As you may know, affirmations are wonderful, elevating replacements that quiet the Inner Judge. A version of verbal prayer, they have been used for centuries. Many books contain excellent affirmations. Louise Hay’s You Can Heal Your Life is one of my favorites. At the end of every chapter, she prints a meditation that sends you to the skies. Although specific to the subject, each begins with this: “In the infinity of life where I am, all is perfect, whole and complete.” You can also create your own affirmation for any event, circumstance, person, or quality you want to feel better about.
Follow only one rule: Always decree your affirmations in the present tense. Here are some encompassing ones to spark your own:
·†I am worthy of all good in my life.
·†I deserve to love and be loved.
·†I forgive myself and I am forgiven.
·†I lack nothing. All I need is here now.
·†I hear my true Voice now.
·†I am guided to the right words, decisions and actions in this situation.
It’s okay. Praying doesn’t commit you to going to church every Sunday or joining committees. Prayer has also made it into the mainstream media. A while ago, an article in a supermarket magazine recommended prayer for stress and recounted the stories of people who prayed for guidance in conquering, among other things, marital discord, fears, and even to-do lists (Diane Benson Harrington, “Pray Away Stress: A Soothing Strategy,” Family Circle, January 20, 2004, pp. 30, 32-33). Current magazines and Internet features report almost daily on prayer as a force in solving problems, in how-to articles, pleas from celebrities and regular people for relatives, and summaries of studies with 4,256 people in the Republic of WeArePraying.
If you think you don’t know how to pray, it doesn’t have to be elaborate. Choose a verse or hymn from childhood, a psalm, or even a Christmas carol, and repeat it to yourself. Or try a contemporary prayer, like one from Marianne Williamson’s Illuminata or Thomas Moore’s Care of the Soul. I often use this statement from A Course in Miracles: “Let every voice but God’s be still in me” (Workbook, p. 411).
Silently or aloud, as you say a sentence like this or passage of your choice, focus on what it means. Let it saturate your attention. Keep repeating it and feel yourself lifting and lightening, yielding to the Higher Power. That’s prayer.
Although it’s close to prayer, meditation doesn’t need to have a religious connotation or mysterious quality. You don’t have to join an East Indian monastery or never lose your temper. Like prayer, meditation is now routinely written about and advised in magazines and online articles along with diets, relationships, kid-raising, and certainly stress. If you still don’t get it, look at Stephan Bodian’s Meditation for Dummies.
Meditation is basically simple: In a quiet place with no distractions, get comfortable.Take a few deep breaths and choose your word or sentence.The important thing is that it grabs you or has special meaning. It doesn’t have to be an esoteric mantra or right according to any authority. It only has to be right for you. Repeat it steadily, without pressing or hurry.
Here are some examples:
·†I am whole
·†I have all I need
·†I like myself
·†My world is established in Divine Order
·†God is with me
·†“In quiet I receive God’s Word today” (A Course in Miracles, Workbook, p. 220)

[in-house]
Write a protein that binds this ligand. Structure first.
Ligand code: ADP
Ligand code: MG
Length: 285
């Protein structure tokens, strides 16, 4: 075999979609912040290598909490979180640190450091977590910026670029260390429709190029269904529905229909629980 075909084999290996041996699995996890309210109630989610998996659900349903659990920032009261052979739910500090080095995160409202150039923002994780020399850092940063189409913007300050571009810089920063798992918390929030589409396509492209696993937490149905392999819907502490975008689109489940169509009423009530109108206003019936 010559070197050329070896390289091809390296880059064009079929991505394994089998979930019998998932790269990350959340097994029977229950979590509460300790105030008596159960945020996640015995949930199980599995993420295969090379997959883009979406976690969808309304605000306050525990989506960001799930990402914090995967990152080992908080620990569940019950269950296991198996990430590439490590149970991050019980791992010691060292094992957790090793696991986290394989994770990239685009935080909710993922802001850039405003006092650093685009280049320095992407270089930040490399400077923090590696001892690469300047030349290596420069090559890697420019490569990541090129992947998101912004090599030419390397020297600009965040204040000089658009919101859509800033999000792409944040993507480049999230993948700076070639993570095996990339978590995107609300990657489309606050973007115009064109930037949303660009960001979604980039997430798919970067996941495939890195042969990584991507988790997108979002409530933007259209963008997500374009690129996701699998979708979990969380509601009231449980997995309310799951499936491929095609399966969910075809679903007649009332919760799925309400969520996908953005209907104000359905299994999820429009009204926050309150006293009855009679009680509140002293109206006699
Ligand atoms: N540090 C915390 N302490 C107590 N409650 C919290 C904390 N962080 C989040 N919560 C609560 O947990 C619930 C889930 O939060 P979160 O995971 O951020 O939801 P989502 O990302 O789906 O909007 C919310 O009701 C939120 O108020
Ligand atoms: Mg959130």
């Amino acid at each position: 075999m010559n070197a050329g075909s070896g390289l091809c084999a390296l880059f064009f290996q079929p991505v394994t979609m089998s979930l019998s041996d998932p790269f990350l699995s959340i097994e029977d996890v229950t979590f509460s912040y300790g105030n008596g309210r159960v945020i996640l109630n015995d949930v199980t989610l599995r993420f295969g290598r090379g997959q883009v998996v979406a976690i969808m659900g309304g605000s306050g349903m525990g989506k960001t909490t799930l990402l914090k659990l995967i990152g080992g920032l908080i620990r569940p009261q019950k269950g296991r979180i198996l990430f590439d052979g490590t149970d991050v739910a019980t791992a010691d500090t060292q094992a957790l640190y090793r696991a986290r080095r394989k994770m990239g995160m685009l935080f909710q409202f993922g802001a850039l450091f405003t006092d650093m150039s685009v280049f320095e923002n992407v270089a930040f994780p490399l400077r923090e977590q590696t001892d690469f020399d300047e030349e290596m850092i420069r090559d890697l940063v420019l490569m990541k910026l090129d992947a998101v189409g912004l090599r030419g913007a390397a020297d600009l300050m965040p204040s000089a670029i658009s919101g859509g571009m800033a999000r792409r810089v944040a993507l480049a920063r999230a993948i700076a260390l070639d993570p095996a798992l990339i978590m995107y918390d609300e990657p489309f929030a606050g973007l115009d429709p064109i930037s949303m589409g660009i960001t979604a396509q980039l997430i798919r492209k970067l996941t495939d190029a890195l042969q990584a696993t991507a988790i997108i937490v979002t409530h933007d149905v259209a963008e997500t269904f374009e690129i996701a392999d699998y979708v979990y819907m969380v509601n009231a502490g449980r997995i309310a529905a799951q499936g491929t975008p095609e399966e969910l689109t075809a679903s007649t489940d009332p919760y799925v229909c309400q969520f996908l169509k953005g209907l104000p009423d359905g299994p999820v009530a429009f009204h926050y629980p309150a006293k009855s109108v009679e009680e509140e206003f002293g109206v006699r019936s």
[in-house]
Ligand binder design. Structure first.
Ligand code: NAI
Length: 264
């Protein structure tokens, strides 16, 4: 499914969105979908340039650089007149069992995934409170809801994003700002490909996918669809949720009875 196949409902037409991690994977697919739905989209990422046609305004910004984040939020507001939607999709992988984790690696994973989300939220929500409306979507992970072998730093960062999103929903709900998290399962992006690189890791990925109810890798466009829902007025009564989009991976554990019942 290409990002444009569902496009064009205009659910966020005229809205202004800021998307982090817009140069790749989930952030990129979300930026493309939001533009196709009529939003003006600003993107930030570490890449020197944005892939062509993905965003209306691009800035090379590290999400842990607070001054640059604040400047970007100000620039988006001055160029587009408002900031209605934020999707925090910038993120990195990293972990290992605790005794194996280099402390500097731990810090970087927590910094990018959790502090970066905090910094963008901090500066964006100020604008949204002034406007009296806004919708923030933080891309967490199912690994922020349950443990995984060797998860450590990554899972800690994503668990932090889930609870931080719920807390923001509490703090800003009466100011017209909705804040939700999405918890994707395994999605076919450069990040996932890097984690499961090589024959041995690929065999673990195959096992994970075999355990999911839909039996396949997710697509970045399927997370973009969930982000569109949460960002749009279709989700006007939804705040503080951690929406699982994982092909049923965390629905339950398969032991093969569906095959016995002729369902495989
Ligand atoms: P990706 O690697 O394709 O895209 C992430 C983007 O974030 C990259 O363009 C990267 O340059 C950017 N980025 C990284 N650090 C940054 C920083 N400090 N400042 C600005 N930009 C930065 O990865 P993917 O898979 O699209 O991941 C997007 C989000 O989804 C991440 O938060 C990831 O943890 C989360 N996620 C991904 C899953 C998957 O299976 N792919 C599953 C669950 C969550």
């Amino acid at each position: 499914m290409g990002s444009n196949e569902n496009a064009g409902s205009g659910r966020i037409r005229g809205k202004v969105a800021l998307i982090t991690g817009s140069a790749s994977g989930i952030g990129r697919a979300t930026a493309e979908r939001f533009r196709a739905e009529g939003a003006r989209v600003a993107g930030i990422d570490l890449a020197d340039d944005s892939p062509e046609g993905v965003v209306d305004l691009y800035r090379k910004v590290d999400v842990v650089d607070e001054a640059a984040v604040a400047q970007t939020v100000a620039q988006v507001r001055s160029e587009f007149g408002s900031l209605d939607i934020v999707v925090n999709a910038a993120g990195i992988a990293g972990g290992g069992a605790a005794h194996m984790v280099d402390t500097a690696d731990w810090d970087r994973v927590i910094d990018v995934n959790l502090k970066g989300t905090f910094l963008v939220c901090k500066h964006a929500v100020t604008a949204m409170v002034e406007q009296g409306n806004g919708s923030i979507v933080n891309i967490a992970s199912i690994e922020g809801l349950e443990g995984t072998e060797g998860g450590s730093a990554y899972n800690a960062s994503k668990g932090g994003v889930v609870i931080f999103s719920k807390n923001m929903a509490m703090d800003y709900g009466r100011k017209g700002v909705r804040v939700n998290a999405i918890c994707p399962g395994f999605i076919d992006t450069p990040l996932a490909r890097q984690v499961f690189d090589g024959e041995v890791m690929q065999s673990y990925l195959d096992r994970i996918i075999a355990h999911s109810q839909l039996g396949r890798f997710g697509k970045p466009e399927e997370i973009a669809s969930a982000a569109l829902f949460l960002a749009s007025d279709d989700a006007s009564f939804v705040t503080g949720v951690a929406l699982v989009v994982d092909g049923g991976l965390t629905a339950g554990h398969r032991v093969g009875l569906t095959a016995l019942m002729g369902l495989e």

When you meditate, your Inner Judge, that old drunken monkey outraged at your audacity, will do its utmost to get your attention. It will likely succeed more than a few times, with all manner of ridicule, condemnation and barrages of random thoughts, scenes, lists and worries.
Recognize its antics and just keep coming back to your chosen meditative words. Like a good parent to yourself, be patient, steadfast and forgiving, gently shepherding your child-mind to the sidewalk out of traffic. You’re steering your mind out of negativity to determination, self-confidence and the good you deserve.
Emmet Fox in The Golden Key counsels wisely. Every time a negative thought comes up, he says, “Stop thinking about the difficulty, whatever it is, and think about God instead” (p. 2).
Cultivating your Voice takes desire and practice. Expect to hear it and make room for it. With one of the methods above, you can schedule special undisturbed times for practice. And you can give your Voice a chance in any situation. As you’re getting dressed, having lunch, or driving, consciously tone down the automatic background noises we’re so accustomed to. This may mean resisting the instant flip of the stereo or news the moment you get up, or tearing your eyes away from the TV in the lunchroom, or flipping off your iPhone earbuds the minute you start the ignition.
Making room for your Voice may mean not grabbing the latest People magazine in the dentist’s office and devouring as much juicy pseudo-news as possible before your name is called. On the ATM line, not grousing to the person next to you while you wait a full 30 minutes for your turn. Not showing off your baseball stats while you wait in the car wash. But instead, repeating your word(s) and listening.
Go ahead. Test your Inner Voice. Find an undistracted spot, mentally and physically. Quiet down. Stop reasoning and figuring. Ask something simple: What should I cook for dinner tonight? Who should I phone next? Should I do this task or that?
If twenty-six things are whirling in your head, you’re not quite ready. Let them stream until they run out. Ask again. As your mind echoes the question you’ve asked, it may come up with some “good reasons” for choosing one over the others. Somehow these don’t convince you, and the whirling continues. Ask again.
If there’s no clear-cut answer, just wait. Take a breath. Ask again.
Then you’ll hear it. Or maybe feel it, or see the image of it in your mind’s eye. You’ll know. The answer will feel right and perfect. And you’ll act.
Your Voice, Your Companion
Your Voice has been given to you to be developed and used for anything you want or need to know. In all the ways that the Inner Judge condemns you, the Inner Voice—in reverse—helps you see the past more wholesomely, gain insights into present events, and take actions that will benefit you in the future.
Your Voice is with you always, waiting for your hello. As you continue to ask, listen, and “converse” with It, you’ll know without doubt and with great peace Who Answers when you talk to yourself.
© 2022 Noelle Sterne
Adapted from Noelle Sterne, Trust Your Life: Forgive Yourself and Go After Your Dreams (Unity Books, 2011).